Related: This Business Breakdowns podcast of LVMH gives an interesting look at its history of acquisitions (side note: Wolf in Cashmere has to be the most badass nickname ever).
Raising the Bar: The Rise of Women Watch Collectors At Auctions
“Dominated by the rich ‘boys’ club’ for the longest time, the luxury watch space is finally opening up to women with a fascination for mechanical timepieces. ‘We have seen a big increase in the number of women taking part in auctions, both as consignors and as bidders, in recent years. As we tend to attract hardcore enthusiasts, people who want to grow their collection and deepen their knowledge of watchmaking, the majority have become regular participants,’ says Arthur Touchot, International Head Of Digital Strategy at Phillips. ‘The major demographic shift probably happened about three years ago when we began seeing stronger and more consistent female participants at our auctions,’ he says.”
+ Randy Lai also wrote a piece on Wristcheck about Understanding The Hidden Appeal Of The Jaeger-LeCoultre Reverso.
Collector's Guide: Rolex Oyster Perpetual Reference 1018
Strictly Vintage Watches
I became fascinated by the Rolex 1018 when I discovered it a couple years ago:
By all accounts, the Rolex Oyster Perpetual reference 1018 is an extremely rare watch, produced for just a few years. What at first glance might look like a simple Oyster Perpetual is in fact an under-the-radar collectible Rolex available in extremely limited quantities.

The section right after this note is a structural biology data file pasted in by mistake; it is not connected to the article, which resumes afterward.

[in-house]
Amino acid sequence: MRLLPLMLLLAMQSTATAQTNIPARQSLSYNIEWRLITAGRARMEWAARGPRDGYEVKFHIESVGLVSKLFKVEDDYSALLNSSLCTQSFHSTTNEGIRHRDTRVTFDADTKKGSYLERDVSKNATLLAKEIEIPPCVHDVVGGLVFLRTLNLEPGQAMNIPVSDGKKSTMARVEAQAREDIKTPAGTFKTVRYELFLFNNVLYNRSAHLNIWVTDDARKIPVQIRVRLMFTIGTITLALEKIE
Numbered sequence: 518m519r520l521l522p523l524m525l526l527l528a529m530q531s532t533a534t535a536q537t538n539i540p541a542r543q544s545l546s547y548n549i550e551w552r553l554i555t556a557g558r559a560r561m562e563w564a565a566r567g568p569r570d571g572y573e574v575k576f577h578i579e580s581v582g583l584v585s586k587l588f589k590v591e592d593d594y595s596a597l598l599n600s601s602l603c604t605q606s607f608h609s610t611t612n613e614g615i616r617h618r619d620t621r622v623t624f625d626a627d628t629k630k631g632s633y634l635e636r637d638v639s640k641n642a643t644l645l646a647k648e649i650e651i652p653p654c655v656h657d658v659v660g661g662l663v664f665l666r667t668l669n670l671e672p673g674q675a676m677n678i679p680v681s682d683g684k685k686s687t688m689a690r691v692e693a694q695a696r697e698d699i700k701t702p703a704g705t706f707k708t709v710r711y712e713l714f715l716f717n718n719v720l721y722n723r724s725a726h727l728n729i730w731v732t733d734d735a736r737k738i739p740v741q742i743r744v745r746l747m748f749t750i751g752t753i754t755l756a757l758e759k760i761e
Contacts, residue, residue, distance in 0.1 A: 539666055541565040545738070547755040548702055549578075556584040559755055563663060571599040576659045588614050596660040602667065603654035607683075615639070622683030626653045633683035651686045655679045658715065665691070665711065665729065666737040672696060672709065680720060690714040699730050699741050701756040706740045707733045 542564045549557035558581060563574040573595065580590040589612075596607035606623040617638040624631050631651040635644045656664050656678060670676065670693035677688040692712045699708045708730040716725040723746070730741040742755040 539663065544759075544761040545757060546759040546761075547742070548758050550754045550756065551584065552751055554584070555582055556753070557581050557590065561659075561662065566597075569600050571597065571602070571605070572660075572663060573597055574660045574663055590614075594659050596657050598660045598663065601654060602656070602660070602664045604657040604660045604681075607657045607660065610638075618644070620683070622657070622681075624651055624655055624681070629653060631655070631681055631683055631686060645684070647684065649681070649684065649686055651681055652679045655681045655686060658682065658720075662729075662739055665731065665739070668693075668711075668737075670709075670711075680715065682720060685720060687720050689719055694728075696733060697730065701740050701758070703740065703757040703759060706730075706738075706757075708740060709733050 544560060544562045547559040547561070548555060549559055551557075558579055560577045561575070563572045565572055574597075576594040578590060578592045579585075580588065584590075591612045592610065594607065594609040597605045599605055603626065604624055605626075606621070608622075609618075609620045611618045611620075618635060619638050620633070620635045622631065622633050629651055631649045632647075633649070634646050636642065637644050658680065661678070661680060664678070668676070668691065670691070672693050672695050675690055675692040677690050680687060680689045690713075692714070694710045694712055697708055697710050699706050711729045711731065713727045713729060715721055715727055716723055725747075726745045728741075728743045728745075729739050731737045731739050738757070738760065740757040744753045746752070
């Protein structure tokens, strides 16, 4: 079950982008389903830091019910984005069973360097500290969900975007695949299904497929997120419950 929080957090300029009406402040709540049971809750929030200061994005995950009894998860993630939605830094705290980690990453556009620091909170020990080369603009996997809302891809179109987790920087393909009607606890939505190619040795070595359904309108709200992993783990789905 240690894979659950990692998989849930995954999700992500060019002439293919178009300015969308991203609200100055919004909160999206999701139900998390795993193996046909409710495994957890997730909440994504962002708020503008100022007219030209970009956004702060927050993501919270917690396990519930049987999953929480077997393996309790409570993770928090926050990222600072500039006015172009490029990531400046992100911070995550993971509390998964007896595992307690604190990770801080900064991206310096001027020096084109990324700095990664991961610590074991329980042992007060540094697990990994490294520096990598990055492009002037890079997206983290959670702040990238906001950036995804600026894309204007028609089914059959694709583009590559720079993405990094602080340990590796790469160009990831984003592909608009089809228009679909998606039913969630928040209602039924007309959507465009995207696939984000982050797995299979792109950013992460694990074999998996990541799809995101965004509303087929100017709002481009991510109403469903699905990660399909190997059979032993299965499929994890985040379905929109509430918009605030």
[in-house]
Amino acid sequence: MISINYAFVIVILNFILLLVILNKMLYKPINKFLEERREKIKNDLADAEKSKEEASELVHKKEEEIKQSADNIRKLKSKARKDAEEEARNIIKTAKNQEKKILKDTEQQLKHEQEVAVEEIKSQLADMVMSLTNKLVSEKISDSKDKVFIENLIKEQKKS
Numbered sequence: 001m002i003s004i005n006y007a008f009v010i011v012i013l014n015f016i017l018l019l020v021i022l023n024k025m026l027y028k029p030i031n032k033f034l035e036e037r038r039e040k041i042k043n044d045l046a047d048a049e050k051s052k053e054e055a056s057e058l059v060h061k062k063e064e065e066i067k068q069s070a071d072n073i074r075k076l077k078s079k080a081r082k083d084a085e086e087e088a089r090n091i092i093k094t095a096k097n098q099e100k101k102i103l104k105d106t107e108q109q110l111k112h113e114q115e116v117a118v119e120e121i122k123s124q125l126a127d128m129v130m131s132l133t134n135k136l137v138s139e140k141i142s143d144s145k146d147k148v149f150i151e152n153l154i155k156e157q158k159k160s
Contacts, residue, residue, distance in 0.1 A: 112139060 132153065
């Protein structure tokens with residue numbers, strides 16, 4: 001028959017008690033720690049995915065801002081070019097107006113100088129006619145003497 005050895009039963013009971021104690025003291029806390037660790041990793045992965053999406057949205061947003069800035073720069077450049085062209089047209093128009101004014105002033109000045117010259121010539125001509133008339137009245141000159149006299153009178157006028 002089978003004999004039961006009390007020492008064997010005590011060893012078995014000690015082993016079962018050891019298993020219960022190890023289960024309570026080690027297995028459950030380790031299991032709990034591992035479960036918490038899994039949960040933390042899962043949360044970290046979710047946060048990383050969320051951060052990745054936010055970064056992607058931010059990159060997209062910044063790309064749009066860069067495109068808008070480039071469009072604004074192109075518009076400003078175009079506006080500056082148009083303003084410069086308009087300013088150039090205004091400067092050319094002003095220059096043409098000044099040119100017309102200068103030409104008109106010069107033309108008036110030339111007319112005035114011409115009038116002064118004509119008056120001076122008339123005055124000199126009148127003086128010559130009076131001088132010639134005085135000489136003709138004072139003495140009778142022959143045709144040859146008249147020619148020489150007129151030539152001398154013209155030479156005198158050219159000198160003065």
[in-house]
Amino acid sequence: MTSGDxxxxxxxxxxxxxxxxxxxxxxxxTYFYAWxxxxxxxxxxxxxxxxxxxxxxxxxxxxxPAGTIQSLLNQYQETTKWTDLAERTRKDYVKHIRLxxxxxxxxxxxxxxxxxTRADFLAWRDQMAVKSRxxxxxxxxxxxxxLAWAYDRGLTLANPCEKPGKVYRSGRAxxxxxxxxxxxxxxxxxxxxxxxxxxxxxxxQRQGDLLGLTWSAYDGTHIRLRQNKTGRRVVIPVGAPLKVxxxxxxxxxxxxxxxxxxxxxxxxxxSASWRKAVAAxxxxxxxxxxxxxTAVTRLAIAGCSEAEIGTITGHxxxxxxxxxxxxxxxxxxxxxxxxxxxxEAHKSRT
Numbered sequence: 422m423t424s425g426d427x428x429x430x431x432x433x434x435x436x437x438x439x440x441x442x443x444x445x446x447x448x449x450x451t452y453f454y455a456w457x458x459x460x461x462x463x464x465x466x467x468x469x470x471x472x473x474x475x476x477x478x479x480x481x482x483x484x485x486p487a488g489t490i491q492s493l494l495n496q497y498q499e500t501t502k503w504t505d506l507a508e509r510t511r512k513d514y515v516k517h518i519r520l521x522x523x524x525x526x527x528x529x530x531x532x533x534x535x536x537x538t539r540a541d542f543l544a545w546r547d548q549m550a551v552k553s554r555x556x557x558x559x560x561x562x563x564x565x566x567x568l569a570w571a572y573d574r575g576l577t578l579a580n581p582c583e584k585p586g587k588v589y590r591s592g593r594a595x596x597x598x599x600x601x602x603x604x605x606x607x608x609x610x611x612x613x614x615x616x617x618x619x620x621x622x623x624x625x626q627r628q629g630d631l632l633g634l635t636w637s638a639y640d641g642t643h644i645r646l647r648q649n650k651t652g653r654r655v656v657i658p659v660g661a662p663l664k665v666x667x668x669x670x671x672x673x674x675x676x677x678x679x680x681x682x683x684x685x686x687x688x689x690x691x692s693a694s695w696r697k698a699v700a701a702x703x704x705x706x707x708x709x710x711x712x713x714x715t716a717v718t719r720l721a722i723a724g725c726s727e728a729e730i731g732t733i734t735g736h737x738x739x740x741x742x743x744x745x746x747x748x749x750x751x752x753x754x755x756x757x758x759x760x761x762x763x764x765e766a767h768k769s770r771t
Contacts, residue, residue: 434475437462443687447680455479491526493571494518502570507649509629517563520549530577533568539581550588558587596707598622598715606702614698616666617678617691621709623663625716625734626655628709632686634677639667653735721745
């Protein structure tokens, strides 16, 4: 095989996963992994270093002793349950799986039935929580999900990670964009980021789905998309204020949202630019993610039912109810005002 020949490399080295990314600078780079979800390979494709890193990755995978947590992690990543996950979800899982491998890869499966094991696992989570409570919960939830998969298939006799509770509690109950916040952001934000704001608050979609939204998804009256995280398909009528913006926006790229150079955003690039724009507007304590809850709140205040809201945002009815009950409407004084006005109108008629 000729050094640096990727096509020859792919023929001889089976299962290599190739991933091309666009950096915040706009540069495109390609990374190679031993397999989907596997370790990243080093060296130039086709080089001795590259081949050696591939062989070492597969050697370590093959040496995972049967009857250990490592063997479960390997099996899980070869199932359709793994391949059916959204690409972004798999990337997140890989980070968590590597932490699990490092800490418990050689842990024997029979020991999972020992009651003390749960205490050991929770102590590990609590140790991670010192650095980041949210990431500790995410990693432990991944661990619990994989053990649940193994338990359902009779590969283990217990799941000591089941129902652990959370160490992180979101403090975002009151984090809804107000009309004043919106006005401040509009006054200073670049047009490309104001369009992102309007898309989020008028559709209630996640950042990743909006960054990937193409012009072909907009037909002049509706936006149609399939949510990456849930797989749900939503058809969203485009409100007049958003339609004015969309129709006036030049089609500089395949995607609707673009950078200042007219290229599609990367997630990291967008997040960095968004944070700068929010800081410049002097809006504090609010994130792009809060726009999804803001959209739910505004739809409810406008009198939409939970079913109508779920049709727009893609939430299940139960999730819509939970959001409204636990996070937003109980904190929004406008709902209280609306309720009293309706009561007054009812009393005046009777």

What makes the Reference 1018 different? In a word: size.
The 1018 has about the same specs as its cousin, the Explorer Reference 1016, measuring 36mm in diameter with a 20mm lug width, though the case has a slightly slimmer profile.”
So, I was excited to see Strictly Vintage Watches go in-depth on the model, getting hands-on photography with a bunch of pristine examples and exploring different variations of it.
How the Word ‘Tactical’ Infiltrated Everyday Life
“To be clear, men have long worn military-inspired garb: T-shirts. Aviator sunglasses. Dive watches. Even camouflage. But such items, first developed for use in wartime, have become benign over time. ‘Most camouflage today is essentially paisley — it's an all-over print,’ says Charles McFarlane, a writer. ‘It's been so taken in by fashion and by culture that it has lost its teeth as a symbol of state power or violence.’
By contrast, modern tactical gear can imply more aggressive and contrarian-based social signaling. Put differently, if wearing vintage camouflage helps people fit into mainstream culture, donning concealed-carry pants and vests with pockets for ballistic plates sets them apart.”
A look at the increasingly common use of a controversial, confusing adjective. Certainly, such positioning has been commonplace in the watch industry for years. (Yes, but can the 1000m of water resistance handle my special missions?!)
In Watches, Entry-Level is the New Battleground